When a parent fails to make good on child support payments, the negative effects impact not only the children and the other parent but also the entire dynamic of the post-divorce relationship. In some cases, the delinquent parent simply cannot afford to pay. In other cases, the parent deliberately refuses out of a belief that the arrangement isn’t fair. Finally, the parent may be a victim of bad luck. For instance, he loses his job or gets demoted when his company eliminates his position, and he no longer can make child support payments without an income stream. However, his obligation to pay won’t necessarily stop, and the child support debt can continue to mount.
When delinquency becomes chronic, consequences ensue.
An Unfair Burden on the Poorest Parents?
Not surprisingly, the lowest paid earners bear the heaviest child support burden and owe the most in back payments.
Republicans and Democrats alike agree that the federal system needs an overhaul and that payments should stop for those in prison across the nation. While conservatives in general want checks in place to prevent parents from taking advantage of this system, liberals in general prefer broader parameters, so that disadvantaged parents can climb out of what can become the bottomless pit of child support.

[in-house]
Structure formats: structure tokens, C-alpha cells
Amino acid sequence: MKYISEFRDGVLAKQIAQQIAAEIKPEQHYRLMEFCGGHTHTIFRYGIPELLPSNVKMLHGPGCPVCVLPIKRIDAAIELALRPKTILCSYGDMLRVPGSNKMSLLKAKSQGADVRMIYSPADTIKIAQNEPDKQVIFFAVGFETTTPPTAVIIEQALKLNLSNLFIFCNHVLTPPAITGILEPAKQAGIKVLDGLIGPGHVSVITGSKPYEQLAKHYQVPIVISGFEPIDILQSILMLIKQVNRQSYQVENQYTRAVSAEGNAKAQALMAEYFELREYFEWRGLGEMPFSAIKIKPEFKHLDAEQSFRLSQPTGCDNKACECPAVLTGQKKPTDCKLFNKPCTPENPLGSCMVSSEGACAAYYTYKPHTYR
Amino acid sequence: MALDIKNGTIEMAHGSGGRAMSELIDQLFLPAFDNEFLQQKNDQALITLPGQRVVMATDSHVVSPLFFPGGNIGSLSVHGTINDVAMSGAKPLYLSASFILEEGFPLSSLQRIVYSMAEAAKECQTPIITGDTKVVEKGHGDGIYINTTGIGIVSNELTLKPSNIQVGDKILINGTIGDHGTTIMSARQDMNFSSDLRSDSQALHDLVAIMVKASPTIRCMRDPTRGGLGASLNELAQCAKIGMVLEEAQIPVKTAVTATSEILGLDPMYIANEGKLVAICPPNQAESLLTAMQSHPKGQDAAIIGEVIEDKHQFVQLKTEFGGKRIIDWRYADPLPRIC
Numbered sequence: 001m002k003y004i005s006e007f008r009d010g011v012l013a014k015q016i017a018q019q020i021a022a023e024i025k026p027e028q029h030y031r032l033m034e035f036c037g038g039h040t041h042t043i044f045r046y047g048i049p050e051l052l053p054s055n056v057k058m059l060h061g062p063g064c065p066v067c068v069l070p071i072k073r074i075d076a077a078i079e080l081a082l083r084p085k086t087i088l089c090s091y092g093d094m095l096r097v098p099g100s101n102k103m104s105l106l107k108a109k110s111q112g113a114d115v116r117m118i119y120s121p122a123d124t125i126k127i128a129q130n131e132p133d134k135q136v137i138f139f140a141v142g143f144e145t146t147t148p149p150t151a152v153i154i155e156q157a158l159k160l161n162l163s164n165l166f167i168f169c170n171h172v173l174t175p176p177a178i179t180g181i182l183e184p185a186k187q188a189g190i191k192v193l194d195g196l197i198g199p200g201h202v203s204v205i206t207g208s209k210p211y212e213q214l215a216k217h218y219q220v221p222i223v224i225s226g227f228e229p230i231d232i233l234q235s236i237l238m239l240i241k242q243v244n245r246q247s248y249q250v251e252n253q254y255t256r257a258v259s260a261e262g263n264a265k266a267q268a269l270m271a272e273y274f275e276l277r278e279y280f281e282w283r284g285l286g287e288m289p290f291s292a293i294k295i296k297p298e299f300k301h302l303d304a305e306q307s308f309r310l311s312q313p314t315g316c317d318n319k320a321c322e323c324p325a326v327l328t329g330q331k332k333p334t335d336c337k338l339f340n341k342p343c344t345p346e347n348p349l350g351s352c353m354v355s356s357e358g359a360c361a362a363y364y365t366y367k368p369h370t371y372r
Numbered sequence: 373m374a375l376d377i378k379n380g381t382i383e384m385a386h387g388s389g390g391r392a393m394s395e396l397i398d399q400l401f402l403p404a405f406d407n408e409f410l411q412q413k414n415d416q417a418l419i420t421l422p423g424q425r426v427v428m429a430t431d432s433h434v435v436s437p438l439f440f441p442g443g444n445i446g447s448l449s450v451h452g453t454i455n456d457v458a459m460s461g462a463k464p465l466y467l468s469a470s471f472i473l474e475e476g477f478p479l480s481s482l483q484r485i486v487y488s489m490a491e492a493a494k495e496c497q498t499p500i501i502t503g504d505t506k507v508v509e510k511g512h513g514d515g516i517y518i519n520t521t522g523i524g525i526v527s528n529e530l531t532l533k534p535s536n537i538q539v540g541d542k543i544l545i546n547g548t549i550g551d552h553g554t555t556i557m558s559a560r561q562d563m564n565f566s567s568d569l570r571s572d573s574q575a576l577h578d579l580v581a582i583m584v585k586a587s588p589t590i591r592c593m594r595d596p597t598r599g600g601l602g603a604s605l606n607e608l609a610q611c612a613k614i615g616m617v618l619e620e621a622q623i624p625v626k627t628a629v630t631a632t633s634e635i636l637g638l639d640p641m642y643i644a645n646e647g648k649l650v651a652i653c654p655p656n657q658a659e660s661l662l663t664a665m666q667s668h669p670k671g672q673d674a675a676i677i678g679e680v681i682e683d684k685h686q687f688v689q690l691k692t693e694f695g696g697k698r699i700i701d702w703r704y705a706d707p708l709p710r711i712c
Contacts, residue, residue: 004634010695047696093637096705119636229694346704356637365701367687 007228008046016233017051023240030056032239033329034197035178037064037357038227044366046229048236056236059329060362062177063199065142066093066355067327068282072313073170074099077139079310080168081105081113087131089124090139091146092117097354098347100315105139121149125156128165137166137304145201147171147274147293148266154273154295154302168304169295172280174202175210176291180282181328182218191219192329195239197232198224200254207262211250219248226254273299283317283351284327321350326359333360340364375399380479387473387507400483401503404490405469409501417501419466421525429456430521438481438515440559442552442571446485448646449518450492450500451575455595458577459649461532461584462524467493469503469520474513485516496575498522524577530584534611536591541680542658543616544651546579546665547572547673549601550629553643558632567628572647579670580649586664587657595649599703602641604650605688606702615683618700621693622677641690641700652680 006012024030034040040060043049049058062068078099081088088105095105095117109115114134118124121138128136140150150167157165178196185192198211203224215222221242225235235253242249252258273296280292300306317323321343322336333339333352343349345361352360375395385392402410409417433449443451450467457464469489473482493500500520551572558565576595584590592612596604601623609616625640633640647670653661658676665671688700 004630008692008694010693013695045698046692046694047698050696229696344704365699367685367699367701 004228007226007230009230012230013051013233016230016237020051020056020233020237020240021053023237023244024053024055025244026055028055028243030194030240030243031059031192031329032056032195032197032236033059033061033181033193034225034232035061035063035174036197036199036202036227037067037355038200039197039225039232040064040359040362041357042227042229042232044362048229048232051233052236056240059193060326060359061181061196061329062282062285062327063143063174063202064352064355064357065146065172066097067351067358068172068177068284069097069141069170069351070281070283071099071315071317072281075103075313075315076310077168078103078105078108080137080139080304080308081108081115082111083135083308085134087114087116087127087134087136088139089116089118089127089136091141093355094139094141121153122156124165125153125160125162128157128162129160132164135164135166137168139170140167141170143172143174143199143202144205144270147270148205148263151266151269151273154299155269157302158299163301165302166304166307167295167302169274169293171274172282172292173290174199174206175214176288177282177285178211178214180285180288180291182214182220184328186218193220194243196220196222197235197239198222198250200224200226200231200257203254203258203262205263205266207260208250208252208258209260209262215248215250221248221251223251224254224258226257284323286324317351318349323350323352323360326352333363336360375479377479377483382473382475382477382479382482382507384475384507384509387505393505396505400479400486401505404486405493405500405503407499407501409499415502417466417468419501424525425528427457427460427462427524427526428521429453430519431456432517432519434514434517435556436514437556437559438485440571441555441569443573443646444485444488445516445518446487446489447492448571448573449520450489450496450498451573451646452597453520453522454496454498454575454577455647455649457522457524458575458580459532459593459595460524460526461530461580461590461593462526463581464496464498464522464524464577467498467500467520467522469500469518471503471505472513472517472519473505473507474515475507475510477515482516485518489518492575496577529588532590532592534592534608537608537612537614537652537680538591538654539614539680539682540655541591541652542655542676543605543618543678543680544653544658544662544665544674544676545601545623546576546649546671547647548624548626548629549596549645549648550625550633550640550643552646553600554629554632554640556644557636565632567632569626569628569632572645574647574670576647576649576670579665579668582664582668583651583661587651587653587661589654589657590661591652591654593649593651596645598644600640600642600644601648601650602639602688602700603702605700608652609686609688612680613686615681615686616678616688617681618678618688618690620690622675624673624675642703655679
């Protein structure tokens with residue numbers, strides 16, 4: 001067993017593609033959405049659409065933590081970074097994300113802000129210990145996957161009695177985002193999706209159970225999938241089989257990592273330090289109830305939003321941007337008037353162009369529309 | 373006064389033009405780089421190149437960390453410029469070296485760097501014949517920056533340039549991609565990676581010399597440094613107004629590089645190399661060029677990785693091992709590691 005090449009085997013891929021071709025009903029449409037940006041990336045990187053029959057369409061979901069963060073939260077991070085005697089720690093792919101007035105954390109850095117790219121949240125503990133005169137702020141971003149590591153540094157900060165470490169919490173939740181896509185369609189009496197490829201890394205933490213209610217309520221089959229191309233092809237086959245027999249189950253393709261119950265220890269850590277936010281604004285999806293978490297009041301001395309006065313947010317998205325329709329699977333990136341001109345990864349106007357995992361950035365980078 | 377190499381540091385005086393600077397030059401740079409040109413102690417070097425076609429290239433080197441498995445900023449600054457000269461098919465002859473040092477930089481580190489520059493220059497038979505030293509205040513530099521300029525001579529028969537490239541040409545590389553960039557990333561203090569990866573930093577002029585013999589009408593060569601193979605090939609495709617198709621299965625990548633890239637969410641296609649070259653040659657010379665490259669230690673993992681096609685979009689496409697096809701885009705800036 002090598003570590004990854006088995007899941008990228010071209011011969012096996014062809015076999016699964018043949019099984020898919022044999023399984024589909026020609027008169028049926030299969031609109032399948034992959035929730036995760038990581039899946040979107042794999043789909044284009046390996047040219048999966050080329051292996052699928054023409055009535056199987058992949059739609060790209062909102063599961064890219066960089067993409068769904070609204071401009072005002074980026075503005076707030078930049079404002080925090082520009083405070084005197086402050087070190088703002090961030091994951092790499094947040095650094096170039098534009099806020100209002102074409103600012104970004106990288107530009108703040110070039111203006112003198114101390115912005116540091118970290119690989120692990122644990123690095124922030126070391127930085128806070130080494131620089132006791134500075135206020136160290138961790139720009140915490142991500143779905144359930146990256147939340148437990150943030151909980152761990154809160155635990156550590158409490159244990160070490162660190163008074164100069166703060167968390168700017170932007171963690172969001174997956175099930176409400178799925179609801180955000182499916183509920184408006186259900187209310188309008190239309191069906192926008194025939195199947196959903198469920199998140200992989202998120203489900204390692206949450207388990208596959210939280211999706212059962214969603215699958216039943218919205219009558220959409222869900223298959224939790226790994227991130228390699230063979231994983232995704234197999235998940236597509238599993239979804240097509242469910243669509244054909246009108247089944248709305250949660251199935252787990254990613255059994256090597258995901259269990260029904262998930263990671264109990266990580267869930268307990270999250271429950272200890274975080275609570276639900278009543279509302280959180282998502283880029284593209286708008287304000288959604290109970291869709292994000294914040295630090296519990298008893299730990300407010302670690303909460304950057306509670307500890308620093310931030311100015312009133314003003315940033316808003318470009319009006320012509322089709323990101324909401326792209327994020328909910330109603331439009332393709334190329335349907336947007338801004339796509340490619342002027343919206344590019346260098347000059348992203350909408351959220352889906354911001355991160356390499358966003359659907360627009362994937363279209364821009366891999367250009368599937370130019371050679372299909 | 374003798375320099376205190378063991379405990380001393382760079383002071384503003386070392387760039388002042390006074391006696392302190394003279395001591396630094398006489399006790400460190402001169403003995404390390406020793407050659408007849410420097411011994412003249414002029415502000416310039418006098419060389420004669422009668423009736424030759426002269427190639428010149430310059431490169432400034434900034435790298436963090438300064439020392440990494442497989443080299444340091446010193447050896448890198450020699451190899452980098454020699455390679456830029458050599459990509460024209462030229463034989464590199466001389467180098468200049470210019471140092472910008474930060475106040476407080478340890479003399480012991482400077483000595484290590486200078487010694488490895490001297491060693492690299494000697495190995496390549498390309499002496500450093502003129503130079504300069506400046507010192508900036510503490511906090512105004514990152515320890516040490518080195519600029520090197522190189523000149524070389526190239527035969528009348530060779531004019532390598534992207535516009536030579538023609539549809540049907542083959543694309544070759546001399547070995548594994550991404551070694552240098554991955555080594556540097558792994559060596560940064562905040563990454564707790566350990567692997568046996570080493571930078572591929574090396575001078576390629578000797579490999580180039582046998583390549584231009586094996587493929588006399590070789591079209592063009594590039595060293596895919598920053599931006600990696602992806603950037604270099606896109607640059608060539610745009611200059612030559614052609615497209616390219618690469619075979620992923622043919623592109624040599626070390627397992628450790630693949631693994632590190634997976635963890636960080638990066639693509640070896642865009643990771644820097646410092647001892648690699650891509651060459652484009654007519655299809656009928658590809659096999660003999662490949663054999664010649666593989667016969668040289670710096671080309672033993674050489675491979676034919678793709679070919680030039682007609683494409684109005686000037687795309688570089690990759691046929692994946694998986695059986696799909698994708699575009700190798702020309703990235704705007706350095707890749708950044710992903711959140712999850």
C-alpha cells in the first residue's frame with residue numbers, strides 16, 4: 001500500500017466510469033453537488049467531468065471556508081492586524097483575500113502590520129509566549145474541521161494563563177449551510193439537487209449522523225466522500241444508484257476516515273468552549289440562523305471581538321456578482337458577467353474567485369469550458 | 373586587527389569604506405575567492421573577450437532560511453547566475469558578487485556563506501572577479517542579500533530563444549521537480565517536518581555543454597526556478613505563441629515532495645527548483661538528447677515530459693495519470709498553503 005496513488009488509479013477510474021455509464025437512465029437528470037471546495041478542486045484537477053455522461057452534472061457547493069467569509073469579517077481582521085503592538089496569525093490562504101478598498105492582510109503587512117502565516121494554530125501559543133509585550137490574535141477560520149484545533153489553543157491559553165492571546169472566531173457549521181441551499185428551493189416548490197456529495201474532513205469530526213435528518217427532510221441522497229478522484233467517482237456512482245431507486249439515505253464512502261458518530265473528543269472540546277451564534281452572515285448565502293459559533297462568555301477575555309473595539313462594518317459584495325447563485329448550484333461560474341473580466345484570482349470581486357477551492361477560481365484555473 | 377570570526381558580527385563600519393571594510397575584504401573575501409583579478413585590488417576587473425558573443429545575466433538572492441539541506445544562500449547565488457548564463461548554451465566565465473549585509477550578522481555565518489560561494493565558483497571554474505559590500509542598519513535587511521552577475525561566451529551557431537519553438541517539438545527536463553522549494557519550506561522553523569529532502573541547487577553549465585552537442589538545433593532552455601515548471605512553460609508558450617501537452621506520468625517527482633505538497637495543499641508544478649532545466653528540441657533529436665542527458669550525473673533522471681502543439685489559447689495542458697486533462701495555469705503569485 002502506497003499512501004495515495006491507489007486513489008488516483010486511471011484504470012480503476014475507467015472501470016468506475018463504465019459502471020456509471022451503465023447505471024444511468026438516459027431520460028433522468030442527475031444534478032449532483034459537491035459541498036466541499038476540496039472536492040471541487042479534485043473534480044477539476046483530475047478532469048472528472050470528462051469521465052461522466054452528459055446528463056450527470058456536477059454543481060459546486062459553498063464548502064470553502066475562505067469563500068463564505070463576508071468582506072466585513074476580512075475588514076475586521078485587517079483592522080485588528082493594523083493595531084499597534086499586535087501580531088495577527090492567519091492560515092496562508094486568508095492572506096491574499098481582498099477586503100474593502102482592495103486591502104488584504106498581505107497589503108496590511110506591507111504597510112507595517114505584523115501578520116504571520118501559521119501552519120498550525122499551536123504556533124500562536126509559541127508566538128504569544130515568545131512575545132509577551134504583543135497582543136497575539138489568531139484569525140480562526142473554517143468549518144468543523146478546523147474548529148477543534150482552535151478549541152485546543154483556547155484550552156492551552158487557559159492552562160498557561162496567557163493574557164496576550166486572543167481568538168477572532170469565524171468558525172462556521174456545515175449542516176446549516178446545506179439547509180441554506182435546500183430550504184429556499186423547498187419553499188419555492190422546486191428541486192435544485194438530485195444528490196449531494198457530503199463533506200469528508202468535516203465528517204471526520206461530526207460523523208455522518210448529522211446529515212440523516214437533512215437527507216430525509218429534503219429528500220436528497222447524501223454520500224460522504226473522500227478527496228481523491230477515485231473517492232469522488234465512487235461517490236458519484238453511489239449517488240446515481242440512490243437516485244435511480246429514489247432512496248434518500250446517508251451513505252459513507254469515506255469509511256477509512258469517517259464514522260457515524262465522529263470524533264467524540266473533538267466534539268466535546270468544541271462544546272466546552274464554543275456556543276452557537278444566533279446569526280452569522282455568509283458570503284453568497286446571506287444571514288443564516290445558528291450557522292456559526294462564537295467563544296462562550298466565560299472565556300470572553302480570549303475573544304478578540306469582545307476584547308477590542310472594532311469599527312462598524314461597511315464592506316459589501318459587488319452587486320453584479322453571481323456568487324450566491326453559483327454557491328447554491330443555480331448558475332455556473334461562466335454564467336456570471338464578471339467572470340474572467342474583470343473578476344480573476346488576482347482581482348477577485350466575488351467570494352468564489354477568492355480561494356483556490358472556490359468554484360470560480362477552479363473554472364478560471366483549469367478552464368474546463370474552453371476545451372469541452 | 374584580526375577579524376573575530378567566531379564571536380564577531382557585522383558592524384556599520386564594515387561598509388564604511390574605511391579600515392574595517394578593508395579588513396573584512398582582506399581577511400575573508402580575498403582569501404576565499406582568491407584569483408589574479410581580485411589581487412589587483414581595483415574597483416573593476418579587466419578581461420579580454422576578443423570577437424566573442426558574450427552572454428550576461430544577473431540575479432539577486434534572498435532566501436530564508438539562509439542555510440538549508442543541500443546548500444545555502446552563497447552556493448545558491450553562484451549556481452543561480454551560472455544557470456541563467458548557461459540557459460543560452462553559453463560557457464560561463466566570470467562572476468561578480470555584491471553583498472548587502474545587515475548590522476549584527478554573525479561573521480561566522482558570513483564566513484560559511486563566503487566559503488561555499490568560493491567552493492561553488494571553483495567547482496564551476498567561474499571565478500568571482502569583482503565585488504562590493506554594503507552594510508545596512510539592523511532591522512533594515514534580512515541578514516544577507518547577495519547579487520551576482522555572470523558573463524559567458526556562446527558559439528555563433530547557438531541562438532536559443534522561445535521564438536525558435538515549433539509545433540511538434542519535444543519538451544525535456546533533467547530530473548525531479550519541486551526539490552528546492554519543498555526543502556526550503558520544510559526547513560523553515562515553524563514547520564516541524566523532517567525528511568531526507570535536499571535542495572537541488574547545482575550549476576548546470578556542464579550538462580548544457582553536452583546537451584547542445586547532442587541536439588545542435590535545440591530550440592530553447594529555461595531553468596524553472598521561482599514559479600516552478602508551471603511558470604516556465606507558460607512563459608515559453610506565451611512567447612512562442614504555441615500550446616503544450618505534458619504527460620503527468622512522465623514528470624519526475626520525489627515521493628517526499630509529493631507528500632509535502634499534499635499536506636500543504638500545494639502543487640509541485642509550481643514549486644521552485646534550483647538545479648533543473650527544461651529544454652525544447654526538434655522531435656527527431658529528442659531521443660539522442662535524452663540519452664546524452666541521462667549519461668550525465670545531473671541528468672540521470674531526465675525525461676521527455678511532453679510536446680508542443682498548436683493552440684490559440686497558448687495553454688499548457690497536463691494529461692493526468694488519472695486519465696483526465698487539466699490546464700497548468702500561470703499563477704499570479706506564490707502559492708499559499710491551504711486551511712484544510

Stopping Child Support During Incarceration
If you are arrested and owe child support, your county child support worker might be able to assist you. Minnesota laws state that you can request child support to be reduced or stopped while you are in custody. However, the courts do not automatically stop child support. Instead, you will need to take the following steps:
1. Submit a letter to the child support office, asking for a review of your case. Include your reason for the letter.
2. Personnel at the agency will decide whether your case meets the criteria for modifications. They will notify the parent with an approval or a denial.
3. If the request is denied, the parent can submit a motion directly to the court, asking for a modification of the order.
After you are released from custody, the court will again review your financial situation and establish a new order. It will consider your employment status in addition to your efforts to obtain employment.
If you’re a parent owed child support from a delinquent ex, you also have rights and options to seek fair compensation, so you can provide for yourself and your children.